Someone remind me: What is it you're supposed to do in case of a crash landing? Duck and cover? Stop, drop, and roll? Whatever calisthenics you practice, I doubt they'll make Boeing's (NYSE:BA) Q3 earnings report (due out Wednesday) look any better. But at least you can be prepared.

What analysts say:

  • Buy, sell, or waffle? Thirty-five analysts keep Boeing on their radar, but don't think that makes it a "popular" stock. Only six of 'em rate Boeing a buy, while 25 say it's just a hold, and four think it's time to sell.
  • Revenue. Yet the numbers aren't all bad. Analysts predict 12.4% sales growth to $17.2 billion.
  • Earnings. They predict a reversal of last year's profits, for a $2.12-per-share loss.

What management says:
Give Boeing this much -- its press department is no wallflower. Hardly a week goes by without Boeing making news in one way or another. In recent weeks, we've seen the restart of last year's KC-X contest between Boeing and Northrop Grumman (NYSE:NOC), congressional wrangling over the C-17 transport, and a series of delivery delays in high-profile airliners like the 747-8 freighter and the 787 Dreamliner.

What management does:
Yet from a numerical perspective, we also saw Boeing begin a turnaround in the second quarter. Across the board, gross, operating, and net margins, all of which had seemingly been in freefall, ticked up in Q2:

Margins

March 2008

June 2008

September 2008

December 2008

March 2009

June 2009

Gross

19.8%

19.2%

18.7%

17.3%

16.2%

16.6%

Operating

9.1%

8.7%

8.2%

6.1%

4.8%

5.3%

Net

6.6%

6.3%

5.8%

4.4%

3.4%

3.6%

All data courtesy of Capital IQ, a division of Standard & Poor's. Data reflects trailing-12-month performance for the quarters ended in the named months.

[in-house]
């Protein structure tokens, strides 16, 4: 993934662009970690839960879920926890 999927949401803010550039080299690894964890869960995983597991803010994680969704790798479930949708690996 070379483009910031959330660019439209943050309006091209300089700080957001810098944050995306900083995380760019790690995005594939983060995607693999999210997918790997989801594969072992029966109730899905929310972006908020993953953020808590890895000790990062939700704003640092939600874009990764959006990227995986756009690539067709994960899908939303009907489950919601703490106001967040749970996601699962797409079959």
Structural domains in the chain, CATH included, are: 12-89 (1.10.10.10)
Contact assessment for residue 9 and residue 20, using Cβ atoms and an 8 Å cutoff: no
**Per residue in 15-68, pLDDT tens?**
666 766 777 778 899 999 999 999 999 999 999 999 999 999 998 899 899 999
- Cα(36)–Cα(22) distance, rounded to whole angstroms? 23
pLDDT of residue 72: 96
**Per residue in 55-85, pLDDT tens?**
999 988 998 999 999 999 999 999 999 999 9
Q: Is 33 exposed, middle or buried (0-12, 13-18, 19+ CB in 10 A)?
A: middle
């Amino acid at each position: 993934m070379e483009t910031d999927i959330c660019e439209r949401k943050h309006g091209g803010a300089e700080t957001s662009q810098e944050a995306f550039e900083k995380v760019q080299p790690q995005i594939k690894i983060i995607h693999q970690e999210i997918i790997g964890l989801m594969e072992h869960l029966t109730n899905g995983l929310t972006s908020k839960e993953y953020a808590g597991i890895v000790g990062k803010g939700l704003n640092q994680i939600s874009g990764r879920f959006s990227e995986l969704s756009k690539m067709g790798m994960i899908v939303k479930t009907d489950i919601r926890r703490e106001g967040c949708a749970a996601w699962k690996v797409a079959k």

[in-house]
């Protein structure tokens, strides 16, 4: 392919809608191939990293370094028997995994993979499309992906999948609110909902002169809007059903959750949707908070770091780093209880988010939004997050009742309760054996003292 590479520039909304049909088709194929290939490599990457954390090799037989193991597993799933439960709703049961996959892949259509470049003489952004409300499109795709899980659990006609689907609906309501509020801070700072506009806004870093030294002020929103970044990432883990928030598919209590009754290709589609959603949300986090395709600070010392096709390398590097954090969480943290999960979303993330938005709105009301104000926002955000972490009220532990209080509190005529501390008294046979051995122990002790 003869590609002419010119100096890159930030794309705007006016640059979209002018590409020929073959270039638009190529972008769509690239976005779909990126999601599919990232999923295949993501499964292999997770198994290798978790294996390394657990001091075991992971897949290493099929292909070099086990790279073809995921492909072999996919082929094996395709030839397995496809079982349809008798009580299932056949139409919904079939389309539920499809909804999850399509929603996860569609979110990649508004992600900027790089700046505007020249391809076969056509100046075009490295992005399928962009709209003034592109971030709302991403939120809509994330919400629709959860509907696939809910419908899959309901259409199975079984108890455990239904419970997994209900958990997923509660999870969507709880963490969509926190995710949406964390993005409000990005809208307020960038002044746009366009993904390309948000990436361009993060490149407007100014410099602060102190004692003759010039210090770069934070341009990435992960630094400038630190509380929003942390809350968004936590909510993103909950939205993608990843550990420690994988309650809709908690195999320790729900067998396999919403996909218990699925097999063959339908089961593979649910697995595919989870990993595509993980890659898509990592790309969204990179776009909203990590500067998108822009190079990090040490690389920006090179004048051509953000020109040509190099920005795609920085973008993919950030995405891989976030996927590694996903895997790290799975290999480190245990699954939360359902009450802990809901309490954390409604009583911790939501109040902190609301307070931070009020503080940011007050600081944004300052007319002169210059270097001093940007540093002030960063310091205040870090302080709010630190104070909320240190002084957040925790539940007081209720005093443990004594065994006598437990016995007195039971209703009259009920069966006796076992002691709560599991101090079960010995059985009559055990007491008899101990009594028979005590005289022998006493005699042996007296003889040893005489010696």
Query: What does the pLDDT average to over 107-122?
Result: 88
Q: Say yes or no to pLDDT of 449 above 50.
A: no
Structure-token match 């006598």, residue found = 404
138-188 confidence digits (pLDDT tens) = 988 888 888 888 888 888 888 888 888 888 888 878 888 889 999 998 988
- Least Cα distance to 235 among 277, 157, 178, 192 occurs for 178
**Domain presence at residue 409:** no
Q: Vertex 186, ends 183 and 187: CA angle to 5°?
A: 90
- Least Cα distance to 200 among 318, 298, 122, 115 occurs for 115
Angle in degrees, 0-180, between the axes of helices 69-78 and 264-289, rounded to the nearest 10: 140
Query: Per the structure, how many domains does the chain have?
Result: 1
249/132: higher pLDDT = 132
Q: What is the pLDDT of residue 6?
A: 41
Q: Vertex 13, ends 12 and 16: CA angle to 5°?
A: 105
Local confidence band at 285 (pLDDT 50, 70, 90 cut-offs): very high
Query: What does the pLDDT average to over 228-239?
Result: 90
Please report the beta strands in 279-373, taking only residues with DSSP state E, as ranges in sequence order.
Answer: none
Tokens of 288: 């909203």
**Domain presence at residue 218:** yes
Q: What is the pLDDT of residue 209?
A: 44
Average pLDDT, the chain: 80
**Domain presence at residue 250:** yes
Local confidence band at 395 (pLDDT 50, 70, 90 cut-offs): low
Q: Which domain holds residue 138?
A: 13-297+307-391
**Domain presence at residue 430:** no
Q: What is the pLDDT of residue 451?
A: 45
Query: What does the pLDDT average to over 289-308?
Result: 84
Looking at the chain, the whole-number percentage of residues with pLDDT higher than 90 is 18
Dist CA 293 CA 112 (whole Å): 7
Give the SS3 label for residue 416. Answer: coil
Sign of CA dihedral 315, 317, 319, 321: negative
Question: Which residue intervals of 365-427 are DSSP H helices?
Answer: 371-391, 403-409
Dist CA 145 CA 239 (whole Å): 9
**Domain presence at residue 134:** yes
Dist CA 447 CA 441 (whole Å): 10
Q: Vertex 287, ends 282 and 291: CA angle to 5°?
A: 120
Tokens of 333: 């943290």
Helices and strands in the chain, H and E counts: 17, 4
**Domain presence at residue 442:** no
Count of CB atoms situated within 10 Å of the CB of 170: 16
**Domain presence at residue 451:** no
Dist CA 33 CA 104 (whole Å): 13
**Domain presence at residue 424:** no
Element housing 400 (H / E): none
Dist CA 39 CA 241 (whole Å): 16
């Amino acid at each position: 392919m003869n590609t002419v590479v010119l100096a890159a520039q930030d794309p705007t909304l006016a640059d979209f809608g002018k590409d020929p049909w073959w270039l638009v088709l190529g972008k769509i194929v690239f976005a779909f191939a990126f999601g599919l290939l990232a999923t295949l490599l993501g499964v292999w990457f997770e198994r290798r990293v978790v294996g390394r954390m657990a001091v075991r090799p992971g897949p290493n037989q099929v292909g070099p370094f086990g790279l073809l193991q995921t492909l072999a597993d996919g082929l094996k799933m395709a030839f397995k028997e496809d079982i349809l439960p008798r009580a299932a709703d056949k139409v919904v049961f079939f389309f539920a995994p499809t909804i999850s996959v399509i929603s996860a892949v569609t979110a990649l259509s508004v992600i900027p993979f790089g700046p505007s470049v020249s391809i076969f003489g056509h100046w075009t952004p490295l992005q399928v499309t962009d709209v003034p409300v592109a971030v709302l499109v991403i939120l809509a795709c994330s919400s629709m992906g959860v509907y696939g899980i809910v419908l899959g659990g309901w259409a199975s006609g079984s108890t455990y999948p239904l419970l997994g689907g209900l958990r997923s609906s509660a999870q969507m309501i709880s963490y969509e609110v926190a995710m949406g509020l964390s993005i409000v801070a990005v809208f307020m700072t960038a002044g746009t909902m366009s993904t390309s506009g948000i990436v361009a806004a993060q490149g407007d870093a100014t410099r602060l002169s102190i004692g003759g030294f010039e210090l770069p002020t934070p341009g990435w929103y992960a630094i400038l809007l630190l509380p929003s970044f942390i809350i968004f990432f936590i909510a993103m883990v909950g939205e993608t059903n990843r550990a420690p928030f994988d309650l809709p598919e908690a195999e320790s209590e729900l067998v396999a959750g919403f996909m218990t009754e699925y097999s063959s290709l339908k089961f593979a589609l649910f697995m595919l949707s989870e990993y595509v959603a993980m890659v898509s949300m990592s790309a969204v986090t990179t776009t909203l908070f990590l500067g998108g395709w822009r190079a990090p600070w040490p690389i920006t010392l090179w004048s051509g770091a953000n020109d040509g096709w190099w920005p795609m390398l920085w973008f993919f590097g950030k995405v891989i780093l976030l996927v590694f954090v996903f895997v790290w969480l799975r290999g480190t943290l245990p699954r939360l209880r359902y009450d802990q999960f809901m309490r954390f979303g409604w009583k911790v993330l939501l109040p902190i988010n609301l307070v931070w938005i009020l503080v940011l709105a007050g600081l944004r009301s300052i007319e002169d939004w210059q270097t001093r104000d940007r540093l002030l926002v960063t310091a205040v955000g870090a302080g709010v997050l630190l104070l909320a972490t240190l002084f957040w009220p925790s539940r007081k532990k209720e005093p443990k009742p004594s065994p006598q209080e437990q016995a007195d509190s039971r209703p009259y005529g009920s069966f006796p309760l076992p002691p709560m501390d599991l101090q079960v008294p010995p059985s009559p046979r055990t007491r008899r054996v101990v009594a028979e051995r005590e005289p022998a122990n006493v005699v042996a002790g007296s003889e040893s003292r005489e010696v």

One Fool says:
Analysts' projected loss for Q3 should hit the eject button on that trend and halt Boeing stock's recent outperformance of even this hugely bullish market -- or will it?

After all, one side effect of Boeing's headline-making ways is that this company's woes are well-known. In contrast, if Boeing has any pleasant surprises in store for us Wednesday, those could easily move the stock. For example, management recently reaffirmed that it will put a 787 in the air by year-end.

If Boeing can stick to its schedule -- or even better, provide a more specific date for the 787 -- that would be brilliant news for customers like Delta (NYSE:DAL), Continental (NYSE:CAL), and AMR (NYSE:AMR). It would also reassure 787 suppliers like Honeywell (NYSE:HON) and United Technologies (NYSE:UTX) that orders are on the way.

And the loudest cheering of all? That would come from Boeing's long-suffering shareholders. So while it's a big "if" ... fingers crossed.

What do you think Boeing's headline announcement will be Wednesday? Will the company confirm a deadline for the 787 test flight? Reveal which 7-model it'll submit for the KC-X competition? Promise a (gasp!) profit in 2010? Scroll down and sound off.

Fool contributor Rich Smith is one of those long-suffering shareholders -- he owns shares of Boeing. The Motley Fool has a disclosure policy.